By David Z. Morris
January 6, 2018

In the past couple of years, it has occasionally been said that smartphone apps are dead, peaking, or not worth creating at all. But if you’ve been holding on to that amazing app idea, all is not lost – according to a new report, app revenues on Apple’s App Store and Google Play surged by a staggering 35% from 2016 to 2017, and new installs are up 13.5%.

The data insights firm Sensor Tower claims that worldwide mobile app revenue, including both Android and iPhone apps, totaled $58.6 billion in 2017. That total includes both paid downloads and in-app purchases, but not mobile commerce purchases such as GrubHub orders or Uber rides. In 2016, the same number, according to Sensor Tower, was $43.5 billion.

Those numbers square with what we already know about 2016 App Store revenue, which were estimated at $28 billion by McQuarrie, based on Apple statements about developer earnings. Both Apple and Google keep 30% of most earnings through their app stores.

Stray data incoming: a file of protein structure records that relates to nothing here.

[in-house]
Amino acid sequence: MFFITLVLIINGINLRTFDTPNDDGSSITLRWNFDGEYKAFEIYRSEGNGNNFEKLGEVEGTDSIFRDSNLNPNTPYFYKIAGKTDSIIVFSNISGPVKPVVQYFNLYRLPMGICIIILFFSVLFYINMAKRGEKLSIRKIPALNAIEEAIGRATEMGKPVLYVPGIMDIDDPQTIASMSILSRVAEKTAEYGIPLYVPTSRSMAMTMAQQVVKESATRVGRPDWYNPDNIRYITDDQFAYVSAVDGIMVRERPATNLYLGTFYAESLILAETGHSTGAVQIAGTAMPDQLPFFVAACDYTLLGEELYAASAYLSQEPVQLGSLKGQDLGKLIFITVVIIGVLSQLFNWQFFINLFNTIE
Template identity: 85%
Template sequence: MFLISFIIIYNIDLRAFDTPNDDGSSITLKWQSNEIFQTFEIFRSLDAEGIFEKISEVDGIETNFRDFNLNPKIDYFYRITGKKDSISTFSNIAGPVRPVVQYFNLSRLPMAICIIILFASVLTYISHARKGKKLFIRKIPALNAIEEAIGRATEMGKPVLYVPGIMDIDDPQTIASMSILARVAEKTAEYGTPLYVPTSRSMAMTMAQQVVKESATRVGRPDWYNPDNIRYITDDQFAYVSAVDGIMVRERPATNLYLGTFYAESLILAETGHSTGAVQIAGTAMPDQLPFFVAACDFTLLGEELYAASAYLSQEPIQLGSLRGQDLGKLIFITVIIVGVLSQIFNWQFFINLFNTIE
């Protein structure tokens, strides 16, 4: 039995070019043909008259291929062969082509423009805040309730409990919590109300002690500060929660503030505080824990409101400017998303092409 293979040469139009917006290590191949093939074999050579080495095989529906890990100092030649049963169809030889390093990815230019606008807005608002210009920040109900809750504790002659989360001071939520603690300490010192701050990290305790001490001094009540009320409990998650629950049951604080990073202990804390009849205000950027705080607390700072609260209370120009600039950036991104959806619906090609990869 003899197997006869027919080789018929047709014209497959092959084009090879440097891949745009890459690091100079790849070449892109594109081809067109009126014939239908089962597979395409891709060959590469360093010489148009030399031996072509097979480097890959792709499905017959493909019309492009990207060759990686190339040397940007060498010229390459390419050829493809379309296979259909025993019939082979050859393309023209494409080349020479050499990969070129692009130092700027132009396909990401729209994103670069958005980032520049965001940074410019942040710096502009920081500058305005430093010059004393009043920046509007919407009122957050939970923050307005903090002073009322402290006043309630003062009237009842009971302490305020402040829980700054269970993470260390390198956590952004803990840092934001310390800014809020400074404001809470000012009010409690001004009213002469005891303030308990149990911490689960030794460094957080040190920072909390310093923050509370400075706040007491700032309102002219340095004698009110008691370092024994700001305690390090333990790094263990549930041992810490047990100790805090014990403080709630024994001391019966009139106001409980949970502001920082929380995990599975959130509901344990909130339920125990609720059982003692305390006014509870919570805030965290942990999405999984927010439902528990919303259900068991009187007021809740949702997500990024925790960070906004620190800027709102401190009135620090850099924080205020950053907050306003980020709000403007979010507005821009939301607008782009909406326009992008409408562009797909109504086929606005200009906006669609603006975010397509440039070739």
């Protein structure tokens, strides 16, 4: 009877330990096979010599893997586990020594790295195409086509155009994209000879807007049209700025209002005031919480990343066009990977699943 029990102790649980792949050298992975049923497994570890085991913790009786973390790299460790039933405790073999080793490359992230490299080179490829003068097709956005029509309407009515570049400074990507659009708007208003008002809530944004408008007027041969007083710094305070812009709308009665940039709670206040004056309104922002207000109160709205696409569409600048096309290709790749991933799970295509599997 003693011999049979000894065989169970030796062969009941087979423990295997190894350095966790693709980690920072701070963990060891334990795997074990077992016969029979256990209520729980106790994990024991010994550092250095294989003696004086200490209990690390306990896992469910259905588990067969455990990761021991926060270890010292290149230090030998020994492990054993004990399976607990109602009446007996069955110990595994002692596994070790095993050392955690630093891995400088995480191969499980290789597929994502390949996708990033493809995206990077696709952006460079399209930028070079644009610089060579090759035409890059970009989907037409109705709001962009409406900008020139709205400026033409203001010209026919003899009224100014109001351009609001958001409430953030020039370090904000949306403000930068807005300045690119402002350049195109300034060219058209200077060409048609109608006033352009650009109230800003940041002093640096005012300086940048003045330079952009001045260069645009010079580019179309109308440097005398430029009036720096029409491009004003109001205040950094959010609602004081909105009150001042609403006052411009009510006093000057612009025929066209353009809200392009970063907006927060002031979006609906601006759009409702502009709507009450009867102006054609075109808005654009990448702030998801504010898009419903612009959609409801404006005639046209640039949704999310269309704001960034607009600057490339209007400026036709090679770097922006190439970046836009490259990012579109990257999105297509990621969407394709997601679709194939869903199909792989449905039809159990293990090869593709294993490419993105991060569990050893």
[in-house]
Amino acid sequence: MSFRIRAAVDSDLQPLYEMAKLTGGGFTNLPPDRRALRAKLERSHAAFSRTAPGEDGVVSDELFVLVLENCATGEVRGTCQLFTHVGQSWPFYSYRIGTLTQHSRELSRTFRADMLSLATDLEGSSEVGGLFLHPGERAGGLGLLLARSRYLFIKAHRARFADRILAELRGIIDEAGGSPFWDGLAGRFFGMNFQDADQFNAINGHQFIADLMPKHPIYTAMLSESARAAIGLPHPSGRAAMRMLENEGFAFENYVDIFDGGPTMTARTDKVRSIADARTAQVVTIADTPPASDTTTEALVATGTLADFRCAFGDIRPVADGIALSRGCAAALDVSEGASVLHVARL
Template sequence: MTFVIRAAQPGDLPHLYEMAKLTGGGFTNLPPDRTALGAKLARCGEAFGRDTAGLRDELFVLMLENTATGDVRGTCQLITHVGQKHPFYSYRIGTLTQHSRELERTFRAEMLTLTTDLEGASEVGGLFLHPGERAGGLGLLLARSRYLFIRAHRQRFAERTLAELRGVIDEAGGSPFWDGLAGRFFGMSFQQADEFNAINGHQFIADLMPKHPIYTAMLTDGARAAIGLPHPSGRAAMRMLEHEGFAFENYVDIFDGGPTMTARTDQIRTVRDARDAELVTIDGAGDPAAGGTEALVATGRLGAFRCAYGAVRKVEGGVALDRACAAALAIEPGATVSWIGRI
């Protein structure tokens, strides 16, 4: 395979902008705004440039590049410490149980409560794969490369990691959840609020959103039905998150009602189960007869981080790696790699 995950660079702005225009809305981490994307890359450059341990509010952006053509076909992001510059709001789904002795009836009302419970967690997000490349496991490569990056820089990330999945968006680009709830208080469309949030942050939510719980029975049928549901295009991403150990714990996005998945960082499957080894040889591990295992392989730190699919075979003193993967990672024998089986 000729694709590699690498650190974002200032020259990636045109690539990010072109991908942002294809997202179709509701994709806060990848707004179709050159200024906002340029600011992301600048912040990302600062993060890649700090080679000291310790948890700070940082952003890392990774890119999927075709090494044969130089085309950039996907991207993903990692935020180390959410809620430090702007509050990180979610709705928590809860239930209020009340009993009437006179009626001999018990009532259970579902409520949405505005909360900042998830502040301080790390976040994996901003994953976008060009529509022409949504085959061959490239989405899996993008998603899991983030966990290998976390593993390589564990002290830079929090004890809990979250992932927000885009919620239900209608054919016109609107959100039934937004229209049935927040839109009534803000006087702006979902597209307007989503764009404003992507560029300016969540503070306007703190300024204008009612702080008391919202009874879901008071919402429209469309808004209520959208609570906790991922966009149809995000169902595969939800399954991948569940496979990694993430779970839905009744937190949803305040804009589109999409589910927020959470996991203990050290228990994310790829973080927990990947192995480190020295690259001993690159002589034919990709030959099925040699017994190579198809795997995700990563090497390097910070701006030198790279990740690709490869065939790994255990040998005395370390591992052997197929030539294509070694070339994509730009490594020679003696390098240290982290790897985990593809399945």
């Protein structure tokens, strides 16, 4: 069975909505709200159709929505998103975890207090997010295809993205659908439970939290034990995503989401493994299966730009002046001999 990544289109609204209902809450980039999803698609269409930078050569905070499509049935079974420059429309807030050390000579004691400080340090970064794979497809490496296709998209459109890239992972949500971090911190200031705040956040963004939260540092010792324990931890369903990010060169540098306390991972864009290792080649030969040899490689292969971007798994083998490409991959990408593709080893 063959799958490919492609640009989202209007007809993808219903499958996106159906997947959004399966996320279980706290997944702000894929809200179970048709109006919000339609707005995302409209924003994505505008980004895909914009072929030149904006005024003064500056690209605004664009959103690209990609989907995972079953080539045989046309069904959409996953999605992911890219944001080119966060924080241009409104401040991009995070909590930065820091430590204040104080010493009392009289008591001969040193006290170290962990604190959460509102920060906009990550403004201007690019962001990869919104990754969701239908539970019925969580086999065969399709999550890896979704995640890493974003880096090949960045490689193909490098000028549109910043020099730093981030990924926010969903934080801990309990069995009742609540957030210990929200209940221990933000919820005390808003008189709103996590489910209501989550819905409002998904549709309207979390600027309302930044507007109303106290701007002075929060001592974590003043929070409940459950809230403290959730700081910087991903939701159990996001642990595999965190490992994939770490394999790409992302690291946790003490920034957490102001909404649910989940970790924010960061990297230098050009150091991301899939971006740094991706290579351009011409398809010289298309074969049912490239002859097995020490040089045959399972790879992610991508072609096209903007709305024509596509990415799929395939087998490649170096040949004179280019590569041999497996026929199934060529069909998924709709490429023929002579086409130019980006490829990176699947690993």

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Revenue grew roughly evenly for Android and iPhone. But app downloads grew much faster for Android – 16.7% – than for iPhone, at just 6.7%. According to Sensor Tower, that’s because of Android’s dominance in developing economies.

The steady growth in App Store revenue is great news for Apple, which increasingly relies on digital and service sales. iPhone sales plateaued for a time in early 2016, presaging market saturation for the devices that have made Apple a goliath.

The launch of the iPhone 8 this year has generally been regarded as a success, but some reports claim it undersold its predecessor, the iPhone 7, early on. That picture was complicated by the possibility that some buyers were waiting for the release of the ultra-premium iPhone X, but it nonetheless seems clear that, if it’s going to keep shareholders happy, Apple needs all the Candy Crush dividends it can get.


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